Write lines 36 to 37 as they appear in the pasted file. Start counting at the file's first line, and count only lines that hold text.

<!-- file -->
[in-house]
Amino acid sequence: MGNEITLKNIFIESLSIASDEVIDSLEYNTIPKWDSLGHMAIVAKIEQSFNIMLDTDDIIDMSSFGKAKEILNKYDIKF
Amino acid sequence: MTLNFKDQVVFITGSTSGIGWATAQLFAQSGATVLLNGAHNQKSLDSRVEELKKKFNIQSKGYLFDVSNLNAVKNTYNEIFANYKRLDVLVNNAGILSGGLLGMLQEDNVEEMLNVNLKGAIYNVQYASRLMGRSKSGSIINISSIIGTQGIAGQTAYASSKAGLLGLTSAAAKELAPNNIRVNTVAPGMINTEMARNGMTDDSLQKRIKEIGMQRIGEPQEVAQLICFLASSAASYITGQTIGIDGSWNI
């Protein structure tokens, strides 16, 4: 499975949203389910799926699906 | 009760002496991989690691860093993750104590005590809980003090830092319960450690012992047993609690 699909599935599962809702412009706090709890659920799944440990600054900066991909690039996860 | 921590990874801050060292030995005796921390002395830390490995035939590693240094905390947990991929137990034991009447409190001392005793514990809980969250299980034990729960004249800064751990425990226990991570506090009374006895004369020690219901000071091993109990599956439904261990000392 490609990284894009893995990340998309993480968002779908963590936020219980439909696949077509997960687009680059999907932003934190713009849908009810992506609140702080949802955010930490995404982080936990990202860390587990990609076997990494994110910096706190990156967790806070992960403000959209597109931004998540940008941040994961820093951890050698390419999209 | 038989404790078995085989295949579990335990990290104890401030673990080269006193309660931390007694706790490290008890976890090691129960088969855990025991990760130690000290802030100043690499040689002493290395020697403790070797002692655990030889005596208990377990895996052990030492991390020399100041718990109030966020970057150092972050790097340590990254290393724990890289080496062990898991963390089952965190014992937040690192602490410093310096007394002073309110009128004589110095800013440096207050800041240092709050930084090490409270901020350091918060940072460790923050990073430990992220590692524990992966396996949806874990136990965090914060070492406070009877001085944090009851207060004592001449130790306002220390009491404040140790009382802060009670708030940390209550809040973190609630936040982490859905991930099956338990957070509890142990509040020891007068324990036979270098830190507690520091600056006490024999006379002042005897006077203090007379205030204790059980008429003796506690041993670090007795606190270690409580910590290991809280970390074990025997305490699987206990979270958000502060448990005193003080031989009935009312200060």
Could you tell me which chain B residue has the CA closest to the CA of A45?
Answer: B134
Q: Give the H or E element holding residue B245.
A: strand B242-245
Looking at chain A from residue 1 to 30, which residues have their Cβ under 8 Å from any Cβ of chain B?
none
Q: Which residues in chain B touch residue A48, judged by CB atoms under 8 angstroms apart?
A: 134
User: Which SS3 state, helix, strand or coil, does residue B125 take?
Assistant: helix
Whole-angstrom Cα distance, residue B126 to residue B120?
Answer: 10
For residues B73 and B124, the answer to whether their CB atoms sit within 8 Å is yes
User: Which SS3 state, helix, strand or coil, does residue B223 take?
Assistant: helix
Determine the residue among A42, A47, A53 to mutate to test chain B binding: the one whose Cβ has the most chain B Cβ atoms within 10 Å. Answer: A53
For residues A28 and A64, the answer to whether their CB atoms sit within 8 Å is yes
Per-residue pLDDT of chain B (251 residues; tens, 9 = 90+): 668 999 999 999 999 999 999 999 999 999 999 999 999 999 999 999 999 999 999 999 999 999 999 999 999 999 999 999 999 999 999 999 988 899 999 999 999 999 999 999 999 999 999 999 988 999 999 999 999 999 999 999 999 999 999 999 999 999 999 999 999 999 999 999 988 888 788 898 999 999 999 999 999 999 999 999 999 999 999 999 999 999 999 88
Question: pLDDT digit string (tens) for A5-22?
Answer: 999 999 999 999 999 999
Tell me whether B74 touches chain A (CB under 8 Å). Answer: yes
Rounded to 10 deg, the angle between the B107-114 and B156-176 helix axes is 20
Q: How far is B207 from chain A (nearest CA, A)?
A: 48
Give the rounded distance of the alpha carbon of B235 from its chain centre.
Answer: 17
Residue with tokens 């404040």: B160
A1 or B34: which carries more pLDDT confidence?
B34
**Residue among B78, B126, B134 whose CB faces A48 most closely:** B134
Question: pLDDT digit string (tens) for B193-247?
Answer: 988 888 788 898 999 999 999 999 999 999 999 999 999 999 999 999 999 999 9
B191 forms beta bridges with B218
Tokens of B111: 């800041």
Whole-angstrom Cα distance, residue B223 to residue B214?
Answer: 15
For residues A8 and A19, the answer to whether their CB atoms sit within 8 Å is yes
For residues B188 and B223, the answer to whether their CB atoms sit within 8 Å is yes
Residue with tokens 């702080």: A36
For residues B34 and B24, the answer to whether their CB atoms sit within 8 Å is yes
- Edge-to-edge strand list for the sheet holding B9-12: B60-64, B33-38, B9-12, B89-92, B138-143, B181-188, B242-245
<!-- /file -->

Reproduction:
Answer: 988 888 788 898 999 999 999 999 999 999 999 999 999 999 999 999 999 999 9
B191 forms beta bridges with B218